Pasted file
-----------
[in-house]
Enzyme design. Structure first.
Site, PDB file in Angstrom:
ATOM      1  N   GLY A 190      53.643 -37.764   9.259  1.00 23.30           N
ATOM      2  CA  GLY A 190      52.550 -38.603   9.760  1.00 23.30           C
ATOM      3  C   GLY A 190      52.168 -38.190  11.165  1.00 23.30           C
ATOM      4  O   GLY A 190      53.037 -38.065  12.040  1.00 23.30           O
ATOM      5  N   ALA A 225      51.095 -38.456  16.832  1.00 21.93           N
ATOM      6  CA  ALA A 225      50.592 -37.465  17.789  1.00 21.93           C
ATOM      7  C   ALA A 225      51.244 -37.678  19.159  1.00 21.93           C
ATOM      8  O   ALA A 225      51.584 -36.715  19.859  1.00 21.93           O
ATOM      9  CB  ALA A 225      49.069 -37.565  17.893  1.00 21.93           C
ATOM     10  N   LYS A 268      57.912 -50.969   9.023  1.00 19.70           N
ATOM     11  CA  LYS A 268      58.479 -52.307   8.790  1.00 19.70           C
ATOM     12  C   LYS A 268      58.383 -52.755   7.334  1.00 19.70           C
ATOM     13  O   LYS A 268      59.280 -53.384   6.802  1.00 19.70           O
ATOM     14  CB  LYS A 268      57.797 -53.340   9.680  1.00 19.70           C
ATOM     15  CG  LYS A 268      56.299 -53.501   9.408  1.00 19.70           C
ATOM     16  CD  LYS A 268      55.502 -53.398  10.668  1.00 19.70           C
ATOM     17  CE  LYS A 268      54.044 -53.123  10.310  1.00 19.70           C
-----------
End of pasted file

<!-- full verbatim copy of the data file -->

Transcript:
[in-house]
Enzyme design. Structure first.
Site, PDB file in Angstrom:
ATOM      1  N   GLY A 190      53.643 -37.764   9.259  1.00 23.30           N
ATOM      2  CA  GLY A 190      52.550 -38.603   9.760  1.00 23.30           C
ATOM      3  C   GLY A 190      52.168 -38.190  11.165  1.00 23.30           C
ATOM      4  O   GLY A 190      53.037 -38.065  12.040  1.00 23.30           O
ATOM      5  N   ALA A 225      51.095 -38.456  16.832  1.00 21.93           N
ATOM      6  CA  ALA A 225      50.592 -37.465  17.789  1.00 21.93           C
ATOM      7  C   ALA A 225      51.244 -37.678  19.159  1.00 21.93           C
ATOM      8  O   ALA A 225      51.584 -36.715  19.859  1.00 21.93           O
ATOM      9  CB  ALA A 225      49.069 -37.565  17.893  1.00 21.93           C
ATOM     10  N   LYS A 268      57.912 -50.969   9.023  1.00 19.70           N
ATOM     11  CA  LYS A 268      58.479 -52.307   8.790  1.00 19.70           C
ATOM     12  C   LYS A 268      58.383 -52.755   7.334  1.00 19.70           C
ATOM     13  O   LYS A 268      59.280 -53.384   6.802  1.00 19.70           O
ATOM     14  CB  LYS A 268      57.797 -53.340   9.680  1.00 19.70           C
ATOM     15  CG  LYS A 268      56.299 -53.501   9.408  1.00 19.70           C
ATOM     16  CD  LYS A 268      55.502 -53.398  10.668  1.00 19.70           C
ATOM     17  CE  LYS A 268      54.044 -53.123  10.310  1.00 19.70           C